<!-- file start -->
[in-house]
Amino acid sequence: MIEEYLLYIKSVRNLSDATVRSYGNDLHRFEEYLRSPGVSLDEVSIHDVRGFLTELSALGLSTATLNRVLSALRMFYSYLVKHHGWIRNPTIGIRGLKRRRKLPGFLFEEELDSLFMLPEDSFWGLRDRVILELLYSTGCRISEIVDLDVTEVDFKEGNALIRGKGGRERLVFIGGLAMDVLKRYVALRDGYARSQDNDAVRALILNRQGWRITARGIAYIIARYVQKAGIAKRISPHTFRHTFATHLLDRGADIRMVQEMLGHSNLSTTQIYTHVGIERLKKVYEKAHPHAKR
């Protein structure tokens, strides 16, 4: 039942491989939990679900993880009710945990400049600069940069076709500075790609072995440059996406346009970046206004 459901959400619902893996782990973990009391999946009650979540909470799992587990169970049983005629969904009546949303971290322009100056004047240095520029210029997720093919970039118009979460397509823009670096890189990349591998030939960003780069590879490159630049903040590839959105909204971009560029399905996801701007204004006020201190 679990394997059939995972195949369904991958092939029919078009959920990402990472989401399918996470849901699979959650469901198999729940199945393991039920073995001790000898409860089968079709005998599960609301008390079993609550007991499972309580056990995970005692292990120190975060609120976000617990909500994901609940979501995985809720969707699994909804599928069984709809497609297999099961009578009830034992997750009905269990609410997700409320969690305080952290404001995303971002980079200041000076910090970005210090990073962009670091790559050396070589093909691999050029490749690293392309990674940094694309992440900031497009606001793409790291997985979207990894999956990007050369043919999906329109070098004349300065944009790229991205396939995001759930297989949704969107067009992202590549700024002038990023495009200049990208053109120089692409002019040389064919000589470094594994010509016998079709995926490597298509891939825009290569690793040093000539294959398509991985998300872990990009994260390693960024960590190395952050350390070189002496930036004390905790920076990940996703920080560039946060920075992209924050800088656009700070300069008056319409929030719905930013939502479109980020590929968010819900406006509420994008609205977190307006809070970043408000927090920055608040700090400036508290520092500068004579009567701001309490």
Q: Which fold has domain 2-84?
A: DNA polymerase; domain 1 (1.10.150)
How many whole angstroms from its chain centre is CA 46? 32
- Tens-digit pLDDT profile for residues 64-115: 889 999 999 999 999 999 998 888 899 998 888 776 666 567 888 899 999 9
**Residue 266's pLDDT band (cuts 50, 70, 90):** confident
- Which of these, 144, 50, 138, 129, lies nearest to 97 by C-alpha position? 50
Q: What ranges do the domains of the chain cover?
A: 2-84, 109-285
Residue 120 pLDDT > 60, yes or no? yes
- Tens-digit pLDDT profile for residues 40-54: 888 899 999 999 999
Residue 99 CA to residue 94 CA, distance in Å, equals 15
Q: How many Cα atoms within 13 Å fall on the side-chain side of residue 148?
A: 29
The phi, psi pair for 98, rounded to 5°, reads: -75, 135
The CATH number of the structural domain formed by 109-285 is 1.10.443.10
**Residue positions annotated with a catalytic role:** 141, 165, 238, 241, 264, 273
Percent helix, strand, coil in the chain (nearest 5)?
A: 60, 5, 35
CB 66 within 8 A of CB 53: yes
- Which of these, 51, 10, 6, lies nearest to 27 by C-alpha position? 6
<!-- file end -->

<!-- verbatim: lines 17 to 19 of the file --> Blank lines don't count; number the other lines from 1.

The phi, psi pair for 98, rounded to 5°, reads: -75, 135
The CATH number of the structural domain formed by 109-285 is 1.10.443.10
**Residue positions annotated with a catalytic role:** 141, 165, 238, 241, 264, 273